Activating Your Program's Strategy and Evaluation

John B. Nash, PhD, Associate Professor, Educational Leadership and Policy Studies, Iowa State University

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Overview of Key Points

  • Think in turns of change instead of do
  • First think about what the change is we want....identify the change.
    • Then confirm what it is that we want to do to get that change to occur
  • 9 step model for planning a strand of a strategy-
    • It will help you better understand if the initiative will work.
    • Planning with "balance" in mind
    • Planning within a "strand"
      • Use these steps to plan and evaluate a "chunk" of a program.

The Nine Steps

Step 1-State the change you will make. You should write down a change statement indicating a shift from A to B.
  • Defines where we want to go
  • Allows for a sort of backward mapping
  • Allows a group to ask "where are we?" and then ask "what should we change?"
  • Allows a group to obtain common buy-in for a change.
  • Naming the change first allows you to ensure you don't obtain resources that don't bear on the change.
  • It makes the goal transparent
  • Stay off the "how"--don't focus on how you will meet the goal yet.
  • Naming the "change you will make" helps determine if change is necessary
  • It can help you be more selective when you get to the "how"
  • Stating a goal in terms of a change helps pin down critical behaviors

Change statements are SMART (Specific, Measurable, attainable, realistic, time-based)
  • SPECIFIC: Not vague. No jargon. Others "get it" immediately. No "and". No "or." No "also." No "so that...."
  • MEASURABLE: Worded in a way that you can sense an increase or decrease is sought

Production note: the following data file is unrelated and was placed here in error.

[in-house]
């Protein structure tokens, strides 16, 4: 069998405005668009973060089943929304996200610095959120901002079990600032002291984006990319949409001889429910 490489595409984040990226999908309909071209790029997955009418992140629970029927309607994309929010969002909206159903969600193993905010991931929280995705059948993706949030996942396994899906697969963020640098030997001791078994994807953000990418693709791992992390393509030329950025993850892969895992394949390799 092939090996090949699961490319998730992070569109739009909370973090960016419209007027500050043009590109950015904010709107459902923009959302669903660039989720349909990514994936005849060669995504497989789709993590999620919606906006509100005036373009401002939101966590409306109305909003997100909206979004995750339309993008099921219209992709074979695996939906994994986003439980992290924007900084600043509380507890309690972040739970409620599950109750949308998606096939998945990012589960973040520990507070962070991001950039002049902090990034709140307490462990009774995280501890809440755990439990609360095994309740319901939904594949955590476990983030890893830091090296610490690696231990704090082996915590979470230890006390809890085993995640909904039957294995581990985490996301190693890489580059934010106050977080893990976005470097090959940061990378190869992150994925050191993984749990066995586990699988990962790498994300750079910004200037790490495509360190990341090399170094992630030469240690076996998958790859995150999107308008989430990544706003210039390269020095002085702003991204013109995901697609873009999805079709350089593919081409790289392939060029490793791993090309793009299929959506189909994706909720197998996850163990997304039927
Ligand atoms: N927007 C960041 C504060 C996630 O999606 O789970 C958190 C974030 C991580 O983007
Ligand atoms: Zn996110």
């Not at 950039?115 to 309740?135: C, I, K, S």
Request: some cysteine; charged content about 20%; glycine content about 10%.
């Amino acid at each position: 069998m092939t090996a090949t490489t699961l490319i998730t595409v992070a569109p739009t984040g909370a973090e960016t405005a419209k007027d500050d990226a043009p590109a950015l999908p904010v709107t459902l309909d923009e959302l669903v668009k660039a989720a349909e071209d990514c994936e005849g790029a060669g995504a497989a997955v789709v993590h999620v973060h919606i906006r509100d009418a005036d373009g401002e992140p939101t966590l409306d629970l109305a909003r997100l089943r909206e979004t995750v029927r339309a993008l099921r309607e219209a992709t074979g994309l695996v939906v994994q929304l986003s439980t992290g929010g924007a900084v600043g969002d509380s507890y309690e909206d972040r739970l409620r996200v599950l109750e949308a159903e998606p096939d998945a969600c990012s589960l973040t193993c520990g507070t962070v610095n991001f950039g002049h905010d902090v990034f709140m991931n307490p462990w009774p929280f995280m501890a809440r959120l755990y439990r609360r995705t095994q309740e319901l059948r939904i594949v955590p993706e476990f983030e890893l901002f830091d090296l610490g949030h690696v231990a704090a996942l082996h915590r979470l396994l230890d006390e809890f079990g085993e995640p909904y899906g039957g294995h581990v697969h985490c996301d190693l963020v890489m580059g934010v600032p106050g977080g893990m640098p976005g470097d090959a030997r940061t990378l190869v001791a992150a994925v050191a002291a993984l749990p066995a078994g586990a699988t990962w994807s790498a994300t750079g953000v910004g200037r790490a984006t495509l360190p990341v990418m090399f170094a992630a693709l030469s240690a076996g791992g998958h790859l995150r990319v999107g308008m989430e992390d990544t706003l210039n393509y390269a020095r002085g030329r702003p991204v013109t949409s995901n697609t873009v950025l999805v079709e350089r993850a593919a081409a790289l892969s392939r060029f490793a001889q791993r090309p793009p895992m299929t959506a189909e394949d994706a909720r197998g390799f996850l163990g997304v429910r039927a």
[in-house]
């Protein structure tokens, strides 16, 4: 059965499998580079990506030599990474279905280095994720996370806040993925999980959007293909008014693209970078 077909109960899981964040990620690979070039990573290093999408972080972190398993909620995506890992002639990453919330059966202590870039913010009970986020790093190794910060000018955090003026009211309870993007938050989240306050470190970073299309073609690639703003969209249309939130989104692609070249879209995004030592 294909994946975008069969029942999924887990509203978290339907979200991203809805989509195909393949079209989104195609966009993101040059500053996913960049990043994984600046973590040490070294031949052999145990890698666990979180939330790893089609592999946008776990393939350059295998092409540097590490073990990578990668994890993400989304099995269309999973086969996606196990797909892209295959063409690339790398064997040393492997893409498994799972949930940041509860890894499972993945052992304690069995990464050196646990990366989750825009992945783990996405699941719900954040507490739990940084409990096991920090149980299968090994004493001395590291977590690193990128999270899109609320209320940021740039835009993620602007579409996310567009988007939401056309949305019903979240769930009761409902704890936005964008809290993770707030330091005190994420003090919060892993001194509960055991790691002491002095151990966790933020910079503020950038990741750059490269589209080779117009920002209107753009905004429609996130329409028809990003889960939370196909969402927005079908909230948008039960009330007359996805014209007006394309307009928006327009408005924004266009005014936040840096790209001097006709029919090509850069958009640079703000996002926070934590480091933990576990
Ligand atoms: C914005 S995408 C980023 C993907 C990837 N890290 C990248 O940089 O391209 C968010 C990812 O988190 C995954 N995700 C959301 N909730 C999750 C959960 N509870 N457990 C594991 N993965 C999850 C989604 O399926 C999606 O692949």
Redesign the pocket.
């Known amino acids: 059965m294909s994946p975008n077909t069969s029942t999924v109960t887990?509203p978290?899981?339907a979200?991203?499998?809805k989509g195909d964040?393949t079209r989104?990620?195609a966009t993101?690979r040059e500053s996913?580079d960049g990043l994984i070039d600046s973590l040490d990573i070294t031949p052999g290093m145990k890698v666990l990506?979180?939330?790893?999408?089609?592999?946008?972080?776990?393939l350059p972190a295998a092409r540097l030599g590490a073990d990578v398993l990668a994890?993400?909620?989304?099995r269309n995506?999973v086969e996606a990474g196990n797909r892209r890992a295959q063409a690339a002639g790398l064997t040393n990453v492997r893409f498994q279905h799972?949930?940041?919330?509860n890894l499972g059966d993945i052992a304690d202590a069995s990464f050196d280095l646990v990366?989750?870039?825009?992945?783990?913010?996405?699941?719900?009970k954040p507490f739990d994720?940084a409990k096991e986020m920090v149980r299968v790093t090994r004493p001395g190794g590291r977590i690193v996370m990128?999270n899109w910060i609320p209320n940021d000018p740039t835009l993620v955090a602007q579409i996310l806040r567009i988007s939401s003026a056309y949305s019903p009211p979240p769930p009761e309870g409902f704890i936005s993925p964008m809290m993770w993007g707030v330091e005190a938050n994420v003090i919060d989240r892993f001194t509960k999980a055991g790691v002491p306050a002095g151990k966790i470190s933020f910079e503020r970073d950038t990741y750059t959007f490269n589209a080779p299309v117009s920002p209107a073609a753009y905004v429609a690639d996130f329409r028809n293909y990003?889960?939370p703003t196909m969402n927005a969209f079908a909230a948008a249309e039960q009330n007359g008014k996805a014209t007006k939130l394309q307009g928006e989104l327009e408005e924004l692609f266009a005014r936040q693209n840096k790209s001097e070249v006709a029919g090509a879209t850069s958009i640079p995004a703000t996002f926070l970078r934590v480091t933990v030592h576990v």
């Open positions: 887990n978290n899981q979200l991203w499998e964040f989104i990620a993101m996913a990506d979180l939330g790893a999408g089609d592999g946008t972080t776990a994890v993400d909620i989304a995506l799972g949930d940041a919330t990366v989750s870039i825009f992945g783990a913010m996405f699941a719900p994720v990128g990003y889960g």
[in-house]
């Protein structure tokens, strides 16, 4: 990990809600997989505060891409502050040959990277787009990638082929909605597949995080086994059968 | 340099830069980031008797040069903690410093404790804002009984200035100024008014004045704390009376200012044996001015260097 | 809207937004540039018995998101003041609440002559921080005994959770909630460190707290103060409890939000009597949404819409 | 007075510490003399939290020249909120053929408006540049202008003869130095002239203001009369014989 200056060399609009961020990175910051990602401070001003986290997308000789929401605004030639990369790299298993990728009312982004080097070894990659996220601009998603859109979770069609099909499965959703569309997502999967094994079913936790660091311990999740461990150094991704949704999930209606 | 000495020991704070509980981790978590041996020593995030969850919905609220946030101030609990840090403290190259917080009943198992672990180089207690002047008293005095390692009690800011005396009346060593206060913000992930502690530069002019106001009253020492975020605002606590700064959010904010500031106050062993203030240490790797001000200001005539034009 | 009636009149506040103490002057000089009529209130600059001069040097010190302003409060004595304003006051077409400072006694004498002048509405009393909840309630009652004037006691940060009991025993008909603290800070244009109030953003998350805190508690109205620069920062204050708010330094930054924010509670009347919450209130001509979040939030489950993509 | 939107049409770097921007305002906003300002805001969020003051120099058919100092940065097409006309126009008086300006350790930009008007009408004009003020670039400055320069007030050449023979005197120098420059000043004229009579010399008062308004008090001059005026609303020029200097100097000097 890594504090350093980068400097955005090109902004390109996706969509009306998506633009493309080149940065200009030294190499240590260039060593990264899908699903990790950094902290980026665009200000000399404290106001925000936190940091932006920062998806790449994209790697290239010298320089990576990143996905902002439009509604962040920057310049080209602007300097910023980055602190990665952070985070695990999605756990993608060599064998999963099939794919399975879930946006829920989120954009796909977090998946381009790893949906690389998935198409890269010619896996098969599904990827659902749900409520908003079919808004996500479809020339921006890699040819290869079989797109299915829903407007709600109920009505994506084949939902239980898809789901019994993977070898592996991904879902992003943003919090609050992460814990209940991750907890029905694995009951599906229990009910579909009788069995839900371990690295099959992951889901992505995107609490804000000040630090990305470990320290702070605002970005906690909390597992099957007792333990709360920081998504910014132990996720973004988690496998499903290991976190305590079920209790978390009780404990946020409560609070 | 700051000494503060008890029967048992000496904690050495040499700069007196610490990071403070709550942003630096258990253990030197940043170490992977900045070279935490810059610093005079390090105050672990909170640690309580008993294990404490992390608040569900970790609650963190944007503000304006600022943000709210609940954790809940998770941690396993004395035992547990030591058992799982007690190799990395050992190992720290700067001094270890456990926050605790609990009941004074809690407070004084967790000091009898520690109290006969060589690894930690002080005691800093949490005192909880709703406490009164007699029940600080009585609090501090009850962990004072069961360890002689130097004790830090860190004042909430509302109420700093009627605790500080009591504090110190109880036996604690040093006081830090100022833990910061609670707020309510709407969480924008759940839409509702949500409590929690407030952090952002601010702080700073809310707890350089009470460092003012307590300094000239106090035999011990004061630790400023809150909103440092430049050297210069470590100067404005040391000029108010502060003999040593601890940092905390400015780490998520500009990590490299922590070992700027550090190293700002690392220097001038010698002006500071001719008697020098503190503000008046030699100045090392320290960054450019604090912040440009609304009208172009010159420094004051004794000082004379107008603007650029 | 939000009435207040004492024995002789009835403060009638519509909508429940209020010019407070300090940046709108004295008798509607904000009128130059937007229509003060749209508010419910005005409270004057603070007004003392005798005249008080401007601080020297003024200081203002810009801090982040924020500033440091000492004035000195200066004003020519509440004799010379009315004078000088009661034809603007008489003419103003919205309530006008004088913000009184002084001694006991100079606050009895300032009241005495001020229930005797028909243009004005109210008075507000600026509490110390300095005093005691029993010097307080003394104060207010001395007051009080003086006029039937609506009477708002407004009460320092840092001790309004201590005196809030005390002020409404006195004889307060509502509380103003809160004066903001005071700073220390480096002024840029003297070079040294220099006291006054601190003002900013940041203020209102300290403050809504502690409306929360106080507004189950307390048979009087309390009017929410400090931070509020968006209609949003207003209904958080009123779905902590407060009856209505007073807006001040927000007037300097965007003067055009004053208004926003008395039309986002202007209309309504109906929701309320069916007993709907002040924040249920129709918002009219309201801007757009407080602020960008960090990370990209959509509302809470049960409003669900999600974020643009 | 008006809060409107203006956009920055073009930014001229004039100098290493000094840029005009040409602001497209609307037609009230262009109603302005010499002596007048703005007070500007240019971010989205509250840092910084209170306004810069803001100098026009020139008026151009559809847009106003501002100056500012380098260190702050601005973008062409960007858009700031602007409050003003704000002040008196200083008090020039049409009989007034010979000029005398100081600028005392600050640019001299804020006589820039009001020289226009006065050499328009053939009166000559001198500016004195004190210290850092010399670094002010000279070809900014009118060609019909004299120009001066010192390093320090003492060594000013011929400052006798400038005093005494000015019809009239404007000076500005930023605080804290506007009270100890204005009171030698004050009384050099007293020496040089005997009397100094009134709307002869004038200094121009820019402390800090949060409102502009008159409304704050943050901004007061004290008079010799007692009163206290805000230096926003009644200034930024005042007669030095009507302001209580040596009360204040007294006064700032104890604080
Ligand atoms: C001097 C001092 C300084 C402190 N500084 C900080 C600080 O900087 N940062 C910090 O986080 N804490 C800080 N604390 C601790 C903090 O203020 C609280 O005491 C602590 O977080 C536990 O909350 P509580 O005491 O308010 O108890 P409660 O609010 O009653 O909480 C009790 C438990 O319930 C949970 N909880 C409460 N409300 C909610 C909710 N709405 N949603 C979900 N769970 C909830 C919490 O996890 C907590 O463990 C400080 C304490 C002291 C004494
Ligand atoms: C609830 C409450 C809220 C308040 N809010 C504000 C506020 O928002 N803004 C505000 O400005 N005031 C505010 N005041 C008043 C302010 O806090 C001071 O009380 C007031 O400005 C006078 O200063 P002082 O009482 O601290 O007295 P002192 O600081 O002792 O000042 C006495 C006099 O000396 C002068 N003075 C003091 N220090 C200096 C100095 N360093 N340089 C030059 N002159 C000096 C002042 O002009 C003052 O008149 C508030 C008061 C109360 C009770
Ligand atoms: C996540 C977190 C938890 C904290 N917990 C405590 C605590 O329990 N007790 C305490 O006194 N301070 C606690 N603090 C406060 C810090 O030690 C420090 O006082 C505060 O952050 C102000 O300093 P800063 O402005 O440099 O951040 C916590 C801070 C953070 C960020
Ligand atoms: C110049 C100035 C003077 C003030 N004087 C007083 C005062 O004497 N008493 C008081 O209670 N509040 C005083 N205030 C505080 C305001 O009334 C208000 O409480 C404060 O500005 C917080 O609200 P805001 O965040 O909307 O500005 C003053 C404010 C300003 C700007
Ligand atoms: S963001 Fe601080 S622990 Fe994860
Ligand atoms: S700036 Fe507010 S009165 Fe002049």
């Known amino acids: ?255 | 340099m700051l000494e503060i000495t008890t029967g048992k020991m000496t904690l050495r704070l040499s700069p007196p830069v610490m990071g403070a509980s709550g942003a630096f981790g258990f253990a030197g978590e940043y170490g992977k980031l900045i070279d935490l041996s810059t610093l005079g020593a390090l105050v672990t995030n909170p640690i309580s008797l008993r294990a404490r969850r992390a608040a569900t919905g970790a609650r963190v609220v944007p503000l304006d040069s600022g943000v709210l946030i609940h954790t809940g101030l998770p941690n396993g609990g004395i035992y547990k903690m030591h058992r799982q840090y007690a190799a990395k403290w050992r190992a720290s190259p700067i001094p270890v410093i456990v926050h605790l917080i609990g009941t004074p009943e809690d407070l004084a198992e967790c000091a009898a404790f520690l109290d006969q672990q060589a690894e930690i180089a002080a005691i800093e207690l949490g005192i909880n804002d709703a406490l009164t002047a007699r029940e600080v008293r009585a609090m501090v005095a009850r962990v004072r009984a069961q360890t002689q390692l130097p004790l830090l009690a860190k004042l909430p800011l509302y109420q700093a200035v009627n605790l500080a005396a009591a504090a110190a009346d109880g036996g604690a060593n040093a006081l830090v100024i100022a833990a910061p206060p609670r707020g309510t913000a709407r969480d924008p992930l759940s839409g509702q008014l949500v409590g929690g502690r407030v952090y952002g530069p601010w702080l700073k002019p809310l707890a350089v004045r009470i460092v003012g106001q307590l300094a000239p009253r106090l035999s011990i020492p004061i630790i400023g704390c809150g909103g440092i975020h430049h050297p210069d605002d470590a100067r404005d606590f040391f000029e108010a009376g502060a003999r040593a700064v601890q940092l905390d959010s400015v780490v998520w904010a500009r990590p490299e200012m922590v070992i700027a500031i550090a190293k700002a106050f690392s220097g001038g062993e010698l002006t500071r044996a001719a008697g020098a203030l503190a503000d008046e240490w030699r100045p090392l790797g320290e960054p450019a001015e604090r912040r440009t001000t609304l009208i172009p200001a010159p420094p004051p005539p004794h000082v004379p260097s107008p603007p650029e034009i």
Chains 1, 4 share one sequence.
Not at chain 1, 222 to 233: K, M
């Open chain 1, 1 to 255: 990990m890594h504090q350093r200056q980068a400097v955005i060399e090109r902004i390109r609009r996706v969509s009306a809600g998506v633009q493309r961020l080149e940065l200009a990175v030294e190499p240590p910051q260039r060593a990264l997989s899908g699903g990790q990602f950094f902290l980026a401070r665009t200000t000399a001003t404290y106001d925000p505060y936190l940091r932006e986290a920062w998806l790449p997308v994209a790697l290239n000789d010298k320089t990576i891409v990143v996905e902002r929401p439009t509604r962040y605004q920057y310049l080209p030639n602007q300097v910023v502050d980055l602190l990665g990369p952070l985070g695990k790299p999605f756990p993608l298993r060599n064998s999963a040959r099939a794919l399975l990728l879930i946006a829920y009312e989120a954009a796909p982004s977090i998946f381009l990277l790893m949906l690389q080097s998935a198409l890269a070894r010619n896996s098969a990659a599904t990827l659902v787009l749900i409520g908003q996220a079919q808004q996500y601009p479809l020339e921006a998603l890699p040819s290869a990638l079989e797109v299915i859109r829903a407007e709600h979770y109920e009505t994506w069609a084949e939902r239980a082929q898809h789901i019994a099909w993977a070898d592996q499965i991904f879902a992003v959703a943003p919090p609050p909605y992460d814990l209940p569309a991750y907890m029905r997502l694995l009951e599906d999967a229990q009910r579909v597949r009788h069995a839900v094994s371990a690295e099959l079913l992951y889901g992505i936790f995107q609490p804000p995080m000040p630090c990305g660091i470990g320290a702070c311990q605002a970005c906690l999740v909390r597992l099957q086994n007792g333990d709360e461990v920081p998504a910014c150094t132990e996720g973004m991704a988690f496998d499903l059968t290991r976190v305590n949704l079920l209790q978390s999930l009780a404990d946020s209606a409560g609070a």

• ATTAINABLE: Make it feasible within a fiscal year or less
  • REALISTIC: Make sure it is realistic
  • TIME-BASED: You know the time period needed to reach the goal

Step 2-State the reason why the change is needed.
  • Convinces stakeholders the change is necessary
  • Help with creating buy in on "how life will be better"
  • Assuage fears of others that the project is worthwhile
  • Shows the problem you are solving in context of everything else
  • Allows a group to create a common vision
  • Creates accountability
  • Makes the goal or changes sought more public and contextual

Step 3-Things you will do
  • Most people start here - you shouldn't. Always start with step 1, "The Change You Will Make."
    • Indicating what you will do is important, but it should not be the first step in a plan
  • Make sure you have balance in your activities--that you only list the things you need to do to trigger the change listed in step 1.
  • Ask yourself: Will the "do" really address the problem?
  • Keep it couched in terms of the's all about the change you will make.
  • Why wouldn't you want to start with this step?
    • You may choose the wrong things to do.
    • You may develop solutions that are looking for problems.
    • You might get change, but it wasn't the one you hoped for
  • Balancing the things you will do with the specific change you seek helps define what are we not going to do...reduce opportunity costs

Step 4-State the things you need to create the change
  • The "stuff."
  • The items you'll need to complete the steps in column three.

Step 5 - We should not look for change until
  • Don't want to evaluate too quickly
  • Want to know what success looks like
  • Able to hold yourself accountable to the things we will do (3) and the things we need (4)
  • This allows you to state some time period under which you will do you implementation.

Step 6 - Indicators the change has occurred
  • Validate if the goal was reached
  • Challenges in selecting poor indicators
    • unclear
    • unmatched
    • use "easy"/"old" indicators
    • not understandable
    • not agreed upon by stakeholders

Step 7 - The way we'll collect the indicators
  • Indicate the method by which you will collect your indicator data
Step 8 - When we'll collect it
  • Accountability
  • Chief worrier
Step 9 - Who will collect it
  • Accountability
  • Chief worrier